Cold War cultural transactions: designing the USSR for the West at Brussels Expo ‘58

2017-05-26T10:54:07Z (GMT) by Susan Reid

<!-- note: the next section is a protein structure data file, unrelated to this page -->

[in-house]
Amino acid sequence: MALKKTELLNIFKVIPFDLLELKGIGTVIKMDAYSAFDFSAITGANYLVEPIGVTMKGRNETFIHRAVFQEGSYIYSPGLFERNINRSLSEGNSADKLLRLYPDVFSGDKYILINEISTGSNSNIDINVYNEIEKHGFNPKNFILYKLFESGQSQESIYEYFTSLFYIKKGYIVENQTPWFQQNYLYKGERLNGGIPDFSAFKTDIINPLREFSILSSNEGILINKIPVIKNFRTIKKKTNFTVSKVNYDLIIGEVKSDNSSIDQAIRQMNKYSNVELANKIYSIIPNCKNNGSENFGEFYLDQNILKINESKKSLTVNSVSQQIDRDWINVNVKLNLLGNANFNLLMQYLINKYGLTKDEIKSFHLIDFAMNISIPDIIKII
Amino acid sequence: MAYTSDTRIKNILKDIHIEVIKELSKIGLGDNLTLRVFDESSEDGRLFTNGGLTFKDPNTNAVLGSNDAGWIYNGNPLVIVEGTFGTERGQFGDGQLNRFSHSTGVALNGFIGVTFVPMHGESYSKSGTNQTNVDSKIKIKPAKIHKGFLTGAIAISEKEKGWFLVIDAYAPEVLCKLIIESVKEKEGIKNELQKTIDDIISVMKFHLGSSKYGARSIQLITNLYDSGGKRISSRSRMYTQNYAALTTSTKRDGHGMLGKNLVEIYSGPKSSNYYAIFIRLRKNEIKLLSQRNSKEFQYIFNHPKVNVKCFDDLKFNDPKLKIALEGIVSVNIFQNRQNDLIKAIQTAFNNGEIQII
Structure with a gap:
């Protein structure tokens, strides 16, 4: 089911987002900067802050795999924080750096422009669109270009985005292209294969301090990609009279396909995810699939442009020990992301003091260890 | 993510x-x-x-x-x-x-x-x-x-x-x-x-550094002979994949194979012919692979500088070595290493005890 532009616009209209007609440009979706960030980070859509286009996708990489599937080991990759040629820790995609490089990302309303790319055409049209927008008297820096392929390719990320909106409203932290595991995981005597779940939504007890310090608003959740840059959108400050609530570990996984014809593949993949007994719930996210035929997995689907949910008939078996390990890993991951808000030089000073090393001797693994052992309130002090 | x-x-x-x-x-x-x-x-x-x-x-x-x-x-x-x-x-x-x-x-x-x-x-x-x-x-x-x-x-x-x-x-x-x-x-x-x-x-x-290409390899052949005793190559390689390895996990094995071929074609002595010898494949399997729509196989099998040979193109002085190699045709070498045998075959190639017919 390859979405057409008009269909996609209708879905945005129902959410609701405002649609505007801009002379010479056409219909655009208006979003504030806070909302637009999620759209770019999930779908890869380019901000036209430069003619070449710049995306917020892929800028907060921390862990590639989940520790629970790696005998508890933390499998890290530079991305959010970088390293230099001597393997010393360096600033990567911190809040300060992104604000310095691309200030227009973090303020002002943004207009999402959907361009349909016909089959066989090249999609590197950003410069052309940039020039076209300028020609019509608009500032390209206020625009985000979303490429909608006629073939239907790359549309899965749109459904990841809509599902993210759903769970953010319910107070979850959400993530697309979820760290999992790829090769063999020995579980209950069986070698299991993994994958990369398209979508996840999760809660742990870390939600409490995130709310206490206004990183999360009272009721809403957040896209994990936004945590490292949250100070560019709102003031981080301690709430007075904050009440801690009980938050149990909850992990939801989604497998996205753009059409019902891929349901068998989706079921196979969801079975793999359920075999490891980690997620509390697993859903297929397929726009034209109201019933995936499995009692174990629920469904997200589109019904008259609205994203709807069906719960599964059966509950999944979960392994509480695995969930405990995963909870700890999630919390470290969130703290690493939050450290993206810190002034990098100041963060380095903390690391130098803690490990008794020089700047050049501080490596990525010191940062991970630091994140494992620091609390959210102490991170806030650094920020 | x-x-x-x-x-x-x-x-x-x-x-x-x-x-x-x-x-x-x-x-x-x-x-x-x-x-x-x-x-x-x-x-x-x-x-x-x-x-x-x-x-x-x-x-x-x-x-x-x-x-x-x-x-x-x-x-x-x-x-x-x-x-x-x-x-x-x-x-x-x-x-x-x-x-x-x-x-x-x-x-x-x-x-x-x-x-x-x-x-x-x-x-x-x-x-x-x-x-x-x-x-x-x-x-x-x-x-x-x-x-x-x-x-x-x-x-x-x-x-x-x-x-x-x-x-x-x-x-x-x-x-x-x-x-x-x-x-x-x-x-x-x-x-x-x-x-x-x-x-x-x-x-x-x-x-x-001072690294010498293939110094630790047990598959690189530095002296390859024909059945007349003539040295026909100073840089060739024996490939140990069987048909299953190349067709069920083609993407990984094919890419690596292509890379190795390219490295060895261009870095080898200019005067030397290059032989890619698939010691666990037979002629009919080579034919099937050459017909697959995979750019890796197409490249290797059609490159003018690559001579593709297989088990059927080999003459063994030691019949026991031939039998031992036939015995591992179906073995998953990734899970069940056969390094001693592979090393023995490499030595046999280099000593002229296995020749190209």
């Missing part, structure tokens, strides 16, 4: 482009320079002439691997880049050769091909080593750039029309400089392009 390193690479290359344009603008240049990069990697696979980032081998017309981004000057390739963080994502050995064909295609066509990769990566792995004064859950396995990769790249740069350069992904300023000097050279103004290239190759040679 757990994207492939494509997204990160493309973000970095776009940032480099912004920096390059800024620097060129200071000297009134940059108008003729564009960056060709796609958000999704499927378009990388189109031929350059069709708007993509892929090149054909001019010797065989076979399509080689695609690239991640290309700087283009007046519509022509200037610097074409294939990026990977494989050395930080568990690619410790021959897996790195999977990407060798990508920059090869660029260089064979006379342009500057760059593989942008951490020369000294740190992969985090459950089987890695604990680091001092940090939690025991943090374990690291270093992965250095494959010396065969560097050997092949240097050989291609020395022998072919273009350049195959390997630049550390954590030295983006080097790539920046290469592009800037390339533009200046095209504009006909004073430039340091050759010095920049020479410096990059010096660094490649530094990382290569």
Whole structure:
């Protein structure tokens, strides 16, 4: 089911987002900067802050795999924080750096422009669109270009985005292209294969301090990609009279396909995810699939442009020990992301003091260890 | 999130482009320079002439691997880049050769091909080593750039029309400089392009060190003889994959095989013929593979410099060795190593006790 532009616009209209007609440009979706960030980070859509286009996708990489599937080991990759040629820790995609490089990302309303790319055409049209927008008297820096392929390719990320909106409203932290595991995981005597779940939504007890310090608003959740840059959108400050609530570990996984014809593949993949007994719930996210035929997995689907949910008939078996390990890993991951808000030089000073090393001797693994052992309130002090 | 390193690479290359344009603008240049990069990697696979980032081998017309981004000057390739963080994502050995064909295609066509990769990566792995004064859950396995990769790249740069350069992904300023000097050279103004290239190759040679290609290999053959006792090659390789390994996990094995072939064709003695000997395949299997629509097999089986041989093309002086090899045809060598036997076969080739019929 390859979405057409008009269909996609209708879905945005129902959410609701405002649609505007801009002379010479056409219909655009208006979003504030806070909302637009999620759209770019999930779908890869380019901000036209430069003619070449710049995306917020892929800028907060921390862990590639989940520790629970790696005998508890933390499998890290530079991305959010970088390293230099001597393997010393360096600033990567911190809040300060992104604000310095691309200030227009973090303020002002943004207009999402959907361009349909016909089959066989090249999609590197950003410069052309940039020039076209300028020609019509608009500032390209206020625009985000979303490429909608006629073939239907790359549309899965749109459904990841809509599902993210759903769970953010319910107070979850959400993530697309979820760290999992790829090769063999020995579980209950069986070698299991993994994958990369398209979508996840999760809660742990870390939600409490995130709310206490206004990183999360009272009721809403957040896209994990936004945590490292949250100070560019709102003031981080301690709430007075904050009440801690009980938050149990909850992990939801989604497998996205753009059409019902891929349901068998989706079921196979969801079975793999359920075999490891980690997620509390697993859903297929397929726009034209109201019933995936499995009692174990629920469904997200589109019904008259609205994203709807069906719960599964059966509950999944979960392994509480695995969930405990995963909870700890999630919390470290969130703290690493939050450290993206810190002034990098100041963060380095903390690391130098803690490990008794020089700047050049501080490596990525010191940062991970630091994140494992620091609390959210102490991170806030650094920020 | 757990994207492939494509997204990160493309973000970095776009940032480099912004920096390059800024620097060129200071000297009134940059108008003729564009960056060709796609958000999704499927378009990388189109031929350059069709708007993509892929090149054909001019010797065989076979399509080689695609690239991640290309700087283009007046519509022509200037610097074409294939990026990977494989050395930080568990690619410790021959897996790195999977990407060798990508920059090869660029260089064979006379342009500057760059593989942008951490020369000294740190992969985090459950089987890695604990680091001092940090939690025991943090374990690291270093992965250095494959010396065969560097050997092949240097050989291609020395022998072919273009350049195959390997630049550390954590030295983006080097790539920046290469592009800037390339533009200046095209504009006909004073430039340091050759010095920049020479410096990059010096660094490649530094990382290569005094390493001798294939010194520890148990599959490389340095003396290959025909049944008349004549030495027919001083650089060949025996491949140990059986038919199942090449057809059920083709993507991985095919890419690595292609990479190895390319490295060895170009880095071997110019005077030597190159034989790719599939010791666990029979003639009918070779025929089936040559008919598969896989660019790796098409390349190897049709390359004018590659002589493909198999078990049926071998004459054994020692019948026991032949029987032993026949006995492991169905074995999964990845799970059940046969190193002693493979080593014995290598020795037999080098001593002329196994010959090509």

Focusing on the Cold War Expo in Brussels 1958, this article takes the metaphor of “design diplomacy” as a lens through which to explore the dilemmas of Soviet exhibition planners charged with designing a modern image of the USSR at the World Fair. Seeking ways to represent the advantages of socialism to foreign, especially Western publics, the exhibition organizers began to question established Soviet tradecraft in the production of mass exhibitions, concluding instead that if the USSR was to make itself understood by the capitalist “other,” it must adopt selectively the idiom of its audience and interlocutor. The Soviet ‘self was constituted in relation to two main “others”: the USA, whose pavilion was adjacent to the Soviet one; and the anticipated public, about whom the Soviet designers knew little. As in diplomatic transactions, the art of persuasion demanded negotiation and compromise, resulting in a degree of transculturation and cross-fertilization.